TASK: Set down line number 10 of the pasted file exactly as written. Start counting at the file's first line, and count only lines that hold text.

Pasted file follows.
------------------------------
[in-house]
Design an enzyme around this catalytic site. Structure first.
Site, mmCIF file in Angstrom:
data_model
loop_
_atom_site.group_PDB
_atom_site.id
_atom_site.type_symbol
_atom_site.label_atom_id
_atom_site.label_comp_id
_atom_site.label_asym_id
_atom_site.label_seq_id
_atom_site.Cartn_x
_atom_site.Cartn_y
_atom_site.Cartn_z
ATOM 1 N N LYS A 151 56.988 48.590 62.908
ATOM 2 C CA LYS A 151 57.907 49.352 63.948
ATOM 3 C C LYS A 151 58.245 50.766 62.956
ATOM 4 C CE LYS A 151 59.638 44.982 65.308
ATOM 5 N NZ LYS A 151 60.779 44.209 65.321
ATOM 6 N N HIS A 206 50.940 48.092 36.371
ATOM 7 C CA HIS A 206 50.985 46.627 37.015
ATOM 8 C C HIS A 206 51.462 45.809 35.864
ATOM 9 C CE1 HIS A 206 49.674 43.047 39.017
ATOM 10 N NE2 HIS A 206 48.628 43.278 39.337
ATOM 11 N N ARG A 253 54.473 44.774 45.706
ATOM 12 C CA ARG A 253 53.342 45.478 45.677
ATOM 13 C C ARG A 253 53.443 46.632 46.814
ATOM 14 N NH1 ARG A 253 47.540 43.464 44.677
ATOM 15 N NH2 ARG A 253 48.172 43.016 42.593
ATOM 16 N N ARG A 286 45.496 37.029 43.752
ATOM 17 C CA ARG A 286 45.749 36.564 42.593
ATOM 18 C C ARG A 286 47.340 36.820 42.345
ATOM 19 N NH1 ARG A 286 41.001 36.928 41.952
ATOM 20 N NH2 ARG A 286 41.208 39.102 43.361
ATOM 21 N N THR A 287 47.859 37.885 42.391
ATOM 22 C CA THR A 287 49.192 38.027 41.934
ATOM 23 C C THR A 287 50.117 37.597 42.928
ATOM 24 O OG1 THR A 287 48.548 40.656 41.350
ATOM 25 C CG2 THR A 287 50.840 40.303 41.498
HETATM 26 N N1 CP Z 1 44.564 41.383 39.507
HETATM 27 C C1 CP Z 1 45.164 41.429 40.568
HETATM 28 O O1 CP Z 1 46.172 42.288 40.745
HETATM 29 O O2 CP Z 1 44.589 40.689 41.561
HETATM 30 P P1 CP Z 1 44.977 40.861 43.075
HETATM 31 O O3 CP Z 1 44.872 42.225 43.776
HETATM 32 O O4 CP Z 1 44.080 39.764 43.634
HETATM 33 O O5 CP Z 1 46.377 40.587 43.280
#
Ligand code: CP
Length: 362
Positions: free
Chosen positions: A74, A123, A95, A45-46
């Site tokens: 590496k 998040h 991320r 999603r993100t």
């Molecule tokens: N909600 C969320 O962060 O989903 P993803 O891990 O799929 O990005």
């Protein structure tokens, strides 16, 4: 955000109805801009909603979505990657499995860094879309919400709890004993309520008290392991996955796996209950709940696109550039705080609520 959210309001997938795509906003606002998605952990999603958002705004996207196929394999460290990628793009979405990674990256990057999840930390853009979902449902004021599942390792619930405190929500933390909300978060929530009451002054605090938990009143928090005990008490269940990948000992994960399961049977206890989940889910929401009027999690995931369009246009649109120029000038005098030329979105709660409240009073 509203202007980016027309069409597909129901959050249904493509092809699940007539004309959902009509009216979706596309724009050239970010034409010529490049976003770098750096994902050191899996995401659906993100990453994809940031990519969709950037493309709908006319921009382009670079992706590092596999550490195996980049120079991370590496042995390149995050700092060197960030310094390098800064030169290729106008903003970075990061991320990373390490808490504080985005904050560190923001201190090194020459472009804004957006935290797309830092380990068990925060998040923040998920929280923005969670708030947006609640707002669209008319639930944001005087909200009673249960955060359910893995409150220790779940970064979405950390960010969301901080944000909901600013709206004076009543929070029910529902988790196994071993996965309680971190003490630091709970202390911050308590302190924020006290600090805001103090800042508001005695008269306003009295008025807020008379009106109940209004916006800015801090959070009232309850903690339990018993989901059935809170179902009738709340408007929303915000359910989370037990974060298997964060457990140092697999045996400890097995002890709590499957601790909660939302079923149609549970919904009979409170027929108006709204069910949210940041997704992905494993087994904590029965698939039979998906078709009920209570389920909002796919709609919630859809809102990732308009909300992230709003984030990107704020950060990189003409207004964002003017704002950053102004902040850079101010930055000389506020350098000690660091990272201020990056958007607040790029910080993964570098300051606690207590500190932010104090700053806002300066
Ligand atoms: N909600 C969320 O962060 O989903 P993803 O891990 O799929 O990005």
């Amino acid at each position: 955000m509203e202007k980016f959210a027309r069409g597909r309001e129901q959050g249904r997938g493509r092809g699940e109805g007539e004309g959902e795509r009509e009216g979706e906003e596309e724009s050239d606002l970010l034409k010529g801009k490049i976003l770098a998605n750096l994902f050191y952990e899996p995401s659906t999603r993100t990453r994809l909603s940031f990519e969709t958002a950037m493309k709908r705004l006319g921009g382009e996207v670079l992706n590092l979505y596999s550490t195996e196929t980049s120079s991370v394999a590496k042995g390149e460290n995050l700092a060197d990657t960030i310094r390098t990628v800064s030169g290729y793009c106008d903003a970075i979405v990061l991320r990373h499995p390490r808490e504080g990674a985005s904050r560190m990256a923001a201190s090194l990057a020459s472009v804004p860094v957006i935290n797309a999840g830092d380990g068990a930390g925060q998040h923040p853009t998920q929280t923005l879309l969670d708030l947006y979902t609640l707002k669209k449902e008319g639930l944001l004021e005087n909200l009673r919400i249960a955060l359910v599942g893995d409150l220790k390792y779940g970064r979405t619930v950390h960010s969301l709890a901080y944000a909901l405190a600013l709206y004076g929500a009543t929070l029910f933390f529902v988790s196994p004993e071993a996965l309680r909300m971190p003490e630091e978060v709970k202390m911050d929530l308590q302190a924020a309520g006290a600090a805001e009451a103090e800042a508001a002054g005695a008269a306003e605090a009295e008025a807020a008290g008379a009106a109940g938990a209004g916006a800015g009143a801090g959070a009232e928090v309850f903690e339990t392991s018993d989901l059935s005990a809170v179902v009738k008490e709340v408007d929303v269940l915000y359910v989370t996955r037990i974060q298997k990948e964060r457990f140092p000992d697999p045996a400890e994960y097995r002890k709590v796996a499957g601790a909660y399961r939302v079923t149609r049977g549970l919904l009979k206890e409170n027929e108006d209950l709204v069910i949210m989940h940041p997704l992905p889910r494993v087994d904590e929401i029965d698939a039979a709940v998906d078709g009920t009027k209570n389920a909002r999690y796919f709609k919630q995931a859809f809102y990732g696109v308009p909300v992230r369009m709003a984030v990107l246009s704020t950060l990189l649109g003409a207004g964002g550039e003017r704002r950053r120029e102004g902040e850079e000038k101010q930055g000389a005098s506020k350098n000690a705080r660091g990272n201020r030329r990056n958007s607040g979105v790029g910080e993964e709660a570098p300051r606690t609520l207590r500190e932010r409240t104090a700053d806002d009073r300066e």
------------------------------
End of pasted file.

_atom_site.label_comp_id